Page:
CanTeen’s President Pippa has continued to step into leadership positions since she first joined our leadership programme when she was 15 years old. No stranger to bias, Pippa has been met with roadblocks as she’s strived to ensure her voice is heard – and so, she wants to support the voices of our rangatahi to be heard as well.
“Being a young, disabled woman, I know a thing or two about bias and taking on leadership positions has helped me to break these biases.”
“I’m all about representing the voices of our rangatahi. It’s important to me that, as representatives of the members’ voice, we hold the space for open lines of communication between ourselves and the people we are representing.”
“Rangatahi, especially wāhine, have so much innate value to contribute to society. We can do it. We belong.”
Clinical Lead Psychologist at CanTeen, Anna, is using her position to support rangatahi both within the organisation and as an advocate in the community.
“Part of my work involves supporting rangatahi to understand what is valuable and meaningful to them, what they want their life to stand for, and to support them to build the skills and self-determination to go after this.”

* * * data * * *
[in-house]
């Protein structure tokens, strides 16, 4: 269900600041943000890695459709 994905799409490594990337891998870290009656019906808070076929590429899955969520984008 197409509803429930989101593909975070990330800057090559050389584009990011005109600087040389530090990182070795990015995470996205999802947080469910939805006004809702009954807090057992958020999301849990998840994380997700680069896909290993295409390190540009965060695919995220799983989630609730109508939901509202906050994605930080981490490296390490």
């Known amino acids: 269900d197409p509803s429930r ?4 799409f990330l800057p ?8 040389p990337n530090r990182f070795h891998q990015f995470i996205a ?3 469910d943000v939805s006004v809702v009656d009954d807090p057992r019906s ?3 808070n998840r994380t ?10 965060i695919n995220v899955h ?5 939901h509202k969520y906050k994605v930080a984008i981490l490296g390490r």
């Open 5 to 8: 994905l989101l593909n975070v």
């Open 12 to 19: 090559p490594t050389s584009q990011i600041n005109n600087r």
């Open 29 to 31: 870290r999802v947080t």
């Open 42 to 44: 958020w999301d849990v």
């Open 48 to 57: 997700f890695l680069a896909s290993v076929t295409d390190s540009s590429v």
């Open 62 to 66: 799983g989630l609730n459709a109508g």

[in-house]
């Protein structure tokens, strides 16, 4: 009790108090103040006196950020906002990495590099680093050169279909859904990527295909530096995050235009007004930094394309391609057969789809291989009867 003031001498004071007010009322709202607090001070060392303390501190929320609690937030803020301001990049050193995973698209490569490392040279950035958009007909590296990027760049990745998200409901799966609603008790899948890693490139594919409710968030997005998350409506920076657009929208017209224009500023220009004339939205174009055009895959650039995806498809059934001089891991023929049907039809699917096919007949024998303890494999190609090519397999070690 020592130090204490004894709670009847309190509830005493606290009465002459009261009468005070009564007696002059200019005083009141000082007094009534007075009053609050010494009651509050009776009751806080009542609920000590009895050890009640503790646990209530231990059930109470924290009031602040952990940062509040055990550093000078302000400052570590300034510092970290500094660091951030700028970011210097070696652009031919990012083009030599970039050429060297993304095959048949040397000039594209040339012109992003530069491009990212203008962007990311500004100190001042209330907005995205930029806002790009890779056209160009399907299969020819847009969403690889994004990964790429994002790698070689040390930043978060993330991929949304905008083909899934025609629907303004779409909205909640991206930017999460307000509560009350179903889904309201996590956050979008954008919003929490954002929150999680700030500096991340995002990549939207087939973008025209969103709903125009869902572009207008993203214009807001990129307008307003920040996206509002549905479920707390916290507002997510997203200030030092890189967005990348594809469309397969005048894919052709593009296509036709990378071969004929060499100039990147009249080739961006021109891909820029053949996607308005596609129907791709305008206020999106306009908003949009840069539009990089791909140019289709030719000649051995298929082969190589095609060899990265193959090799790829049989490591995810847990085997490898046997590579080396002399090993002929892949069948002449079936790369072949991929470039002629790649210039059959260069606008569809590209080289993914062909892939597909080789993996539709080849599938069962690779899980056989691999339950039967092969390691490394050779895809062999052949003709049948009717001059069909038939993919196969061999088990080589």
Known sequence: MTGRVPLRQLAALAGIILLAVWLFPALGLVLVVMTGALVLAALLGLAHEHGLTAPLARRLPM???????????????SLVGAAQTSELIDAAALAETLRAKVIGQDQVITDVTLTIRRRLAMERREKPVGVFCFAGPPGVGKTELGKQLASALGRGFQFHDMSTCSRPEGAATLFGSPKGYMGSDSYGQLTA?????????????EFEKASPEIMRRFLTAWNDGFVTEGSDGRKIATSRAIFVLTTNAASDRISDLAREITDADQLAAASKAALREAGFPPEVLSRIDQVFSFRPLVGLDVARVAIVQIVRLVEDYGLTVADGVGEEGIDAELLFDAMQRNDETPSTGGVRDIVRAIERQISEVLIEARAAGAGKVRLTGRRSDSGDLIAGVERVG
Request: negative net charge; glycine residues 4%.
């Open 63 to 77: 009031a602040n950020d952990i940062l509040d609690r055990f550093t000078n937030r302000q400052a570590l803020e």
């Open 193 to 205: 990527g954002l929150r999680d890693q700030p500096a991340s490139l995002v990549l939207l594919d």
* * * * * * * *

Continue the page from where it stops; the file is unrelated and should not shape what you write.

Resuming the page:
“I want to empower girls and women to follow their aspirations and to never give up on their goals, regardless of any subtle messages or social expectations they may be subject to in our communities.”
“I am fortunate to have trained in and practice in a field – psychology – that is now largely dominated by women in terms of numbers. This represents a big improvement from previous decades (think Freud, Pavlov, Skinner). However, the numbers have not necessarily translated into equity in terms of pay, and status in modern psychology, and this is supported by research. Women continue to lobby for greater equity in psychology and healthcare around the world and here in Aotearoa New Zealand.”
“My role at CanTeen means I have more of a platform to create change both within the organisation and in the community.”